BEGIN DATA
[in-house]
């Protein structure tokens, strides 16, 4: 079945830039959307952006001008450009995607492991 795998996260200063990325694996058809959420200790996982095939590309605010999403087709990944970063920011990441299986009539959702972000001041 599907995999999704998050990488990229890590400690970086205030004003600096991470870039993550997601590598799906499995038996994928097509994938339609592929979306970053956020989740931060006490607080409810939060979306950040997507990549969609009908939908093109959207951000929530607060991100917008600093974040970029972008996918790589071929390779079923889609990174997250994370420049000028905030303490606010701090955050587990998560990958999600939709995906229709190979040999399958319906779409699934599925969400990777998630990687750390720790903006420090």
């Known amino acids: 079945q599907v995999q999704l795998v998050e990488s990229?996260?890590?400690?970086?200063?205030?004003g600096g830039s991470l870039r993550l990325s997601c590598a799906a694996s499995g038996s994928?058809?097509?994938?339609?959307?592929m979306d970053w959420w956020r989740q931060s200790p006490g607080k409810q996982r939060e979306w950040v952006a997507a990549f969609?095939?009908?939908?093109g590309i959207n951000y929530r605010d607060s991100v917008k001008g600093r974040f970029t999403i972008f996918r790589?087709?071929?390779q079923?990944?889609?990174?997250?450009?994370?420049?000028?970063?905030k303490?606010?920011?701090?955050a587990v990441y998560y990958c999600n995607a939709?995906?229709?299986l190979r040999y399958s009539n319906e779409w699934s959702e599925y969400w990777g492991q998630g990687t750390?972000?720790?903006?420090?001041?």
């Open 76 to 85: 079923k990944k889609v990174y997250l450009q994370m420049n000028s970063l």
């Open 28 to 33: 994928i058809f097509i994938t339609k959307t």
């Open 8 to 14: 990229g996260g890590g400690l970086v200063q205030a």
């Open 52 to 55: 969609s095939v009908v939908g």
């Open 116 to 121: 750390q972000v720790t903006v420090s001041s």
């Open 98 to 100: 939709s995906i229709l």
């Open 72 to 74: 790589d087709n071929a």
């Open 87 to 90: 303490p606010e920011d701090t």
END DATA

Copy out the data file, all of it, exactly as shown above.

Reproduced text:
[in-house]
């Protein structure tokens, strides 16, 4: 079945830039959307952006001008450009995607492991 795998996260200063990325694996058809959420200790996982095939590309605010999403087709990944970063920011990441299986009539959702972000001041 599907995999999704998050990488990229890590400690970086205030004003600096991470870039993550997601590598799906499995038996994928097509994938339609592929979306970053956020989740931060006490607080409810939060979306950040997507990549969609009908939908093109959207951000929530607060991100917008600093974040970029972008996918790589071929390779079923889609990174997250994370420049000028905030303490606010701090955050587990998560990958999600939709995906229709190979040999399958319906779409699934599925969400990777998630990687750390720790903006420090």
């Known amino acids: 079945q599907v995999q999704l795998v998050e990488s990229?996260?890590?400690?970086?200063?205030?004003g600096g830039s991470l870039r993550l990325s997601c590598a799906a694996s499995g038996s994928?058809?097509?994938?339609?959307?592929m979306d970053w959420w956020r989740q931060s200790p006490g607080k409810q996982r939060e979306w950040v952006a997507a990549f969609?095939?009908?939908?093109g590309i959207n951000y929530r605010d607060s991100v917008k001008g600093r974040f970029t999403i972008f996918r790589?087709?071929?390779q079923?990944?889609?990174?997250?450009?994370?420049?000028?970063?905030k303490?606010?920011?701090?955050a587990v990441y998560y990958c999600n995607a939709?995906?229709?299986l190979r040999y399958s009539n319906e779409w699934s959702e599925y969400w990777g492991q998630g990687t750390?972000?720790?903006?420090?001041?």
């Open 76 to 85: 079923k990944k889609v990174y997250l450009q994370m420049n000028s970063l």
């Open 28 to 33: 994928i058809f097509i994938t339609k959307t």
């Open 8 to 14: 990229g996260g890590g400690l970086v200063q205030a």
């Open 52 to 55: 969609s095939v009908v939908g």
């Open 116 to 121: 750390q972000v720790t903006v420090s001041s």
């Open 98 to 100: 939709s995906i229709l």
């Open 72 to 74: 790589d087709n071929a």
């Open 87 to 90: 303490p606010e920011d701090t």